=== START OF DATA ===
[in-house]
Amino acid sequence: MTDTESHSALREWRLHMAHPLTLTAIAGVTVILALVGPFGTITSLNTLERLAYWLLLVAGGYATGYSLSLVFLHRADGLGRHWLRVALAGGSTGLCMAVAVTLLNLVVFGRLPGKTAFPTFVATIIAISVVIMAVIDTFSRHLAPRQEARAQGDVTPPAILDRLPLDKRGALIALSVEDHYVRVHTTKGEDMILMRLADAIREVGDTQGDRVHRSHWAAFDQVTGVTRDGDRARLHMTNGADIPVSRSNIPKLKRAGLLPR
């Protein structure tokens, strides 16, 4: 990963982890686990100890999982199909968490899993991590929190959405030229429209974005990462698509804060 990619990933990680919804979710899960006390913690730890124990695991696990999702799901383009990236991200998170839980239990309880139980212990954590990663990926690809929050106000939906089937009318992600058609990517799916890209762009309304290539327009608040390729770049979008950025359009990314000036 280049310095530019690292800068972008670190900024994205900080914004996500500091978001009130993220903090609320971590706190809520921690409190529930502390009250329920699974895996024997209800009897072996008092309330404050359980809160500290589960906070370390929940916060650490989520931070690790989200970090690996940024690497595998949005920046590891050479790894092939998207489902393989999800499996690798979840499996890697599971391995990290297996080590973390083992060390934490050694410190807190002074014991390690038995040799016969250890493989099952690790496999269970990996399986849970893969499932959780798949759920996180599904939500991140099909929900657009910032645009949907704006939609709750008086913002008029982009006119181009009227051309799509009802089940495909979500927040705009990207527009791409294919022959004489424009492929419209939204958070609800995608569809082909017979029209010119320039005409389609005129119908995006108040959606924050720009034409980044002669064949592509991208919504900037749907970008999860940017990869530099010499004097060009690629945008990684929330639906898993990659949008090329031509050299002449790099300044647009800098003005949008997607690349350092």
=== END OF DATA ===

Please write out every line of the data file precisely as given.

[in-house]
Amino acid sequence: MTDTESHSALREWRLHMAHPLTLTAIAGVTVILALVGPFGTITSLNTLERLAYWLLLVAGGYATGYSLSLVFLHRADGLGRHWLRVALAGGSTGLCMAVAVTLLNLVVFGRLPGKTAFPTFVATIIAISVVIMAVIDTFSRHLAPRQEARAQGDVTPPAILDRLPLDKRGALIALSVEDHYVRVHTTKGEDMILMRLADAIREVGDTQGDRVHRSHWAAFDQVTGVTRDGDRARLHMTNGADIPVSRSNIPKLKRAGLLPR
């Protein structure tokens, strides 16, 4: 990963982890686990100890999982199909968490899993991590929190959405030229429209974005990462698509804060 990619990933990680919804979710899960006390913690730890124990695991696990999702799901383009990236991200998170839980239990309880139980212990954590990663990926690809929050106000939906089937009318992600058609990517799916890209762009309304290539327009608040390729770049979008950025359009990314000036 280049310095530019690292800068972008670190900024994205900080914004996500500091978001009130993220903090609320971590706190809520921690409190529930502390009250329920699974895996024997209800009897072996008092309330404050359980809160500290589960906070370390929940916060650490989520931070690790989200970090690996940024690497595998949005920046590891050479790894092939998207489902393989999800499996690798979840499996890697599971391995990290297996080590973390083992060390934490050694410190807190002074014991390690038995040799016969250890493989099952690790496999269970990996399986849970893969499932959780798949759920996180599904939500991140099909929900657009910032645009949907704006939609709750008086913002008029982009006119181009009227051309799509009802089940495909979500927040705009990207527009791409294919022959004489424009492929419209939204958070609800995608569809082909017979029209010119320039005409389609005129119908995006108040959606924050720009034409980044002669064949592509991208919504900037749907970008999860940017990869530099010499004097060009690629945008990684929330639906898993990659949008090329031509050299002449790099300044647009800098003005949008997607690349350092």